A California Toolkit for Heat Resilience in Underserved Environments


Extreme HeatHeat is increasingly brutal in California’s Central Valley, where low incomes, poor air quality, old homes, and high utility bills disadvantage many residents.  The good news is that we can act now on preventative strategies to mitigate heat health impacts. The multi-disciplinary Cal-THRIVES project has developed a cooling toolkit for local and state stakeholders below with the following objectives:

  • Increase awareness of heat-related vulnerability 
  • Identify areas that are vulnerable to extreme heat events
  • Remedy the built environment, such as building retrofits & increases to tree canopy
  • Enhance community and home cooling programs
  • Improve social capital and connectivity at the neighborhood level

Cal-Thrives Community EngagementOur research and heat-resilience recommendations incorporate both community inputs and science:

  • Community Engagement
  • Cooling center characterization and improvements
  • Neighborhood-scale building modeling
  • Outdoor measure modeling
  • Overview slides [pdf file]

Cooling Toolkit

Community Cooling Guides

Community Cooling Tip Sheet ScreenshotOne-page and pocket community guides detailing tips for staying cool in the heat are available for download in English and Spanish. 

"Tips to Stay Cool in the Heat" Community Guide

Community Cooling Pocket Guide 

Fact Sheets

Cooling measure fact sheet previewThe toolkit offers a collection of fact sheets about passive and active cooling measures, ideal for use with more specialized audiences like DIY-enthusiasts, NGOs and program administrators. 

Cooling Topic Fact Sheets

Modeling Results
Passive measure simulation chart
Click image to enlarge view

Modeling summaries for building and outdoor measures are available for extreme heat resilience program developers, engineers, and researchers. 

Modeling Summary Matrices

Software Tools

CityBES preview For extreme heat resilience program developers, engineers, and researchers, software tools are available to assist with neighborhood-scale building modeling. 


CityBES is an open tool for neighborhood- to urban-scale building modeling, which can model energy savings for one building or a group of buildings. Both passive and active indoor measures are modeled.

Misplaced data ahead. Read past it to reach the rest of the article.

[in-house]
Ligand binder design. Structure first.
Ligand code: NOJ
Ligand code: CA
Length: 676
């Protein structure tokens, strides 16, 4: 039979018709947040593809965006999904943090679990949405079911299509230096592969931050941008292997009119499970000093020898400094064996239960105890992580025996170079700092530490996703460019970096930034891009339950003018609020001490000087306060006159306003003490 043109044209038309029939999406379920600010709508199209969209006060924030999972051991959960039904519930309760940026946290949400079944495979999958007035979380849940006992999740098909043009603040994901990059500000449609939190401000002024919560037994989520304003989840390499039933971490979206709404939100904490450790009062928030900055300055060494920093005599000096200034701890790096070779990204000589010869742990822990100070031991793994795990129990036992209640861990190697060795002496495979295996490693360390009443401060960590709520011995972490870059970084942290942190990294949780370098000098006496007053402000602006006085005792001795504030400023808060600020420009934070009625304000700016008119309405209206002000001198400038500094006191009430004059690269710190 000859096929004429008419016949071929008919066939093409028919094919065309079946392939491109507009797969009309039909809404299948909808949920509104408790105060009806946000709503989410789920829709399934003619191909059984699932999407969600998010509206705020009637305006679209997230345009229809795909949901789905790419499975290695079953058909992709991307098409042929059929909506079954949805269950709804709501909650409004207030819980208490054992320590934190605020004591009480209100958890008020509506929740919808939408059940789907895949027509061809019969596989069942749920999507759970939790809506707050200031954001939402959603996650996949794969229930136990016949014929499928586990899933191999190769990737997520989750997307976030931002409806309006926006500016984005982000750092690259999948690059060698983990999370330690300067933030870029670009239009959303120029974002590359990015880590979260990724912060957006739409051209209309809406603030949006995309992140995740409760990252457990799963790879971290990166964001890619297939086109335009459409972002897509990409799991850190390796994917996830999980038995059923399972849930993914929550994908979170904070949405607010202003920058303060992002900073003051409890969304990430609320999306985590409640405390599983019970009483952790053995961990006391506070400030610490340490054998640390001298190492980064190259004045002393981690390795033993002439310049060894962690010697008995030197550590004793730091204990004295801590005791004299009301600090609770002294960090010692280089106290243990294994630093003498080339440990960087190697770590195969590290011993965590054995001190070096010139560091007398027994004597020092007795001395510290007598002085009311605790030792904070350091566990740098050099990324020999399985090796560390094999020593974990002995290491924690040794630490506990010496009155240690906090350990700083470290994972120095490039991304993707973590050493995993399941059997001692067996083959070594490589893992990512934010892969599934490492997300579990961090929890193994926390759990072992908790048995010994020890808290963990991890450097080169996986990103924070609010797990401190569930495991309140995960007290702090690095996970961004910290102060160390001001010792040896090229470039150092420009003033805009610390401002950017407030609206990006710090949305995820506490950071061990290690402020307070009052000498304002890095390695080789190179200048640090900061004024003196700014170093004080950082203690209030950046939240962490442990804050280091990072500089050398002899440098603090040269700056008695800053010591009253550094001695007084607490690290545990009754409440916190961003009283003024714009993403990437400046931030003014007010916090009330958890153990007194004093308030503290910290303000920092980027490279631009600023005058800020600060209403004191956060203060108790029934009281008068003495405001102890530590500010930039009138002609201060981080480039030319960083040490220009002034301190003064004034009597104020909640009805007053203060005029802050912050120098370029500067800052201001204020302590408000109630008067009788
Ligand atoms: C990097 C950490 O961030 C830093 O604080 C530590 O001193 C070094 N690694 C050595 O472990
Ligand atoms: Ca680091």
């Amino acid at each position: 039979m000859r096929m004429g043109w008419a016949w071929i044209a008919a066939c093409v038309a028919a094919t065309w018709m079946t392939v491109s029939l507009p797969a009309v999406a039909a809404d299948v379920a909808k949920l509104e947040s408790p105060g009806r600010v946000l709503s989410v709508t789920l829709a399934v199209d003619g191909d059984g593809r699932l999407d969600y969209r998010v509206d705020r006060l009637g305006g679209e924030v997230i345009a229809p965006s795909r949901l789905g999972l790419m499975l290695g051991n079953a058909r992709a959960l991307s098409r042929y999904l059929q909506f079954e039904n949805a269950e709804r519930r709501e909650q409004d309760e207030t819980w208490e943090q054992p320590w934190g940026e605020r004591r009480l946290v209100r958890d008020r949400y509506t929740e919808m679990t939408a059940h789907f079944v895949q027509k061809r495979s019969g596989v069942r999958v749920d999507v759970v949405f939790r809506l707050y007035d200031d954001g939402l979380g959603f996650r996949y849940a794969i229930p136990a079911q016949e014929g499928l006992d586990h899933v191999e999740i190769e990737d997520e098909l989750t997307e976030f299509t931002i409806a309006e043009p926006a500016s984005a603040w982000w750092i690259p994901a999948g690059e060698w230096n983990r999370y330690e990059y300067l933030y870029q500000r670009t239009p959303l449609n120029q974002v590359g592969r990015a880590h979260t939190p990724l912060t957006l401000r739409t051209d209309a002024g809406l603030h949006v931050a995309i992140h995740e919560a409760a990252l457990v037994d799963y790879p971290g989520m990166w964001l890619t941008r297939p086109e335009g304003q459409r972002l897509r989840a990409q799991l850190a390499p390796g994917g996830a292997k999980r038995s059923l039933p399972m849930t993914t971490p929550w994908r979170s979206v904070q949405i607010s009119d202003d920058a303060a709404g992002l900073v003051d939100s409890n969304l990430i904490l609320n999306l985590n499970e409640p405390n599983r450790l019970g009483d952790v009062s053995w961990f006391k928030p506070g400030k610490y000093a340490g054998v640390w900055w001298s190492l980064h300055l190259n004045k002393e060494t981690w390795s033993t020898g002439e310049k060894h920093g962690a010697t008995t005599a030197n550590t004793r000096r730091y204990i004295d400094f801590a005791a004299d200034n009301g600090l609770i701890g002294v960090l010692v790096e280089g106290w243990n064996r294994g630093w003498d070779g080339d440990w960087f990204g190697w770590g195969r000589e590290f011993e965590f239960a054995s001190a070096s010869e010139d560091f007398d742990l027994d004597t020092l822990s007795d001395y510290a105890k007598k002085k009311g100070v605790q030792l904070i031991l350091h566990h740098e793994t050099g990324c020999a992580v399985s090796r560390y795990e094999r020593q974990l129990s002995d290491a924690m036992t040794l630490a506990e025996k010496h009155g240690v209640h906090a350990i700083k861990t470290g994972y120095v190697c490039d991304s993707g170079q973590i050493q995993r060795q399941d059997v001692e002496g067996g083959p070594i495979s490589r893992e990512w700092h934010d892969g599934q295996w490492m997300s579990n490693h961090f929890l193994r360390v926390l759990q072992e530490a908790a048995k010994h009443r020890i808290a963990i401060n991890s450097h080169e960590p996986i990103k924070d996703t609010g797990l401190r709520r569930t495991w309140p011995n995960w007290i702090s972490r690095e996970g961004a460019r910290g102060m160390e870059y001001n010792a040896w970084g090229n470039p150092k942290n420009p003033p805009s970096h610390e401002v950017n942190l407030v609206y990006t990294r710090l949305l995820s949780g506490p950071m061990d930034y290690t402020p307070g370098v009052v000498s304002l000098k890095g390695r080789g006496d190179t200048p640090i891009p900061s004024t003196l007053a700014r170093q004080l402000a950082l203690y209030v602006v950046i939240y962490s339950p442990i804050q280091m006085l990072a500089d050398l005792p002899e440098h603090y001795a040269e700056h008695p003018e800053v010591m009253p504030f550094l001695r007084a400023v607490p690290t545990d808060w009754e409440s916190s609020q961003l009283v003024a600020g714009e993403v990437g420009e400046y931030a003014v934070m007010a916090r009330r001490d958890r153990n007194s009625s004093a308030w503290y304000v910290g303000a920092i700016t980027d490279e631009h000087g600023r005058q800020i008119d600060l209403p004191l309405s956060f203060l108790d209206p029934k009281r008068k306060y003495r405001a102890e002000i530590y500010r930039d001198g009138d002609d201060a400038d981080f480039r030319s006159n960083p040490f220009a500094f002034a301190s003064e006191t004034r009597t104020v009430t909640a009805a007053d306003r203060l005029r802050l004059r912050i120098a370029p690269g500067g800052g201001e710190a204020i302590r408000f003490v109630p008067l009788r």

Heat Vulnerability Index (HVI)

A Heat Vulnerability Index (HVI) modeling tool for Fresco is available online. 

Policy and Program Recommendations

For state, regional, and local policymakers, the toolkit offers policy and program recommendations. 

CA Strategic Growth CouncilThis toolkit was developed as part of the Cal-THRIVES project funded by the California Strategic Growth Council.

Related publications

  • Susan Mazur-Stommen. "Fresno State of Mind: Results from Heat Resilience Research in a Disadvantaged Community." Behavior, Energy, and Climate Change Conference (2020) [pdf file]
  • Yujie Xu, Tianzhen Hong, Wanni Zhang, Zhaoyun Zeng, Max Wei. "Heat Vulnerability Index Development and Mapping." Symposium on Simulation for Architecture and Urban Design (2021) [pdf file]
  • Kaiyu Sun, Wanni Zhang, Zhaoyun Zeng, Ronnen M. Levinson, Max Wei, Tianzhen Hong. "Passive cooling designs to improve heat resilience of homes in underserved and vulnerable communities." Energy and Buildings Volume 252 (2021) [pdf file]
  • Zhaoyun Zeng, Wanni Zhang, Kaiyu Sun, Max Wei, Tianzhen Hong. "Investigation of pre-cooling as a recommended measure to improve residential buildings’ thermal resilience during heat waves." Accepted for publication to Building and Environment [pdf file]


Lawrence Berkeley National Lab led the project and building modeling using CityBES

Indicia ConsultingIndicia Consulting social scientists led focus groups and in-depth individual interviews.

Susan Mazur-Stommen, Haley Gilbert



USCUniversity of Southern California led outdoor modeling using Envi-MET

George Ban-Weiss, Alexandra Bruce, Yuxi Liu, Kayley Butler


West Fresno Family Resource CenterWest Fresno Family Resource Center led for community outreach and phone surveys

Janice Mathurin, Yolanda Sue Randles




Welcome to FresnoWe also thank the Fresno Economic Opportunity Commission for energy assessment data and phone survey support. 







For any questions or further information on this project, please contact Max Wei ( or Ronnen Levinson (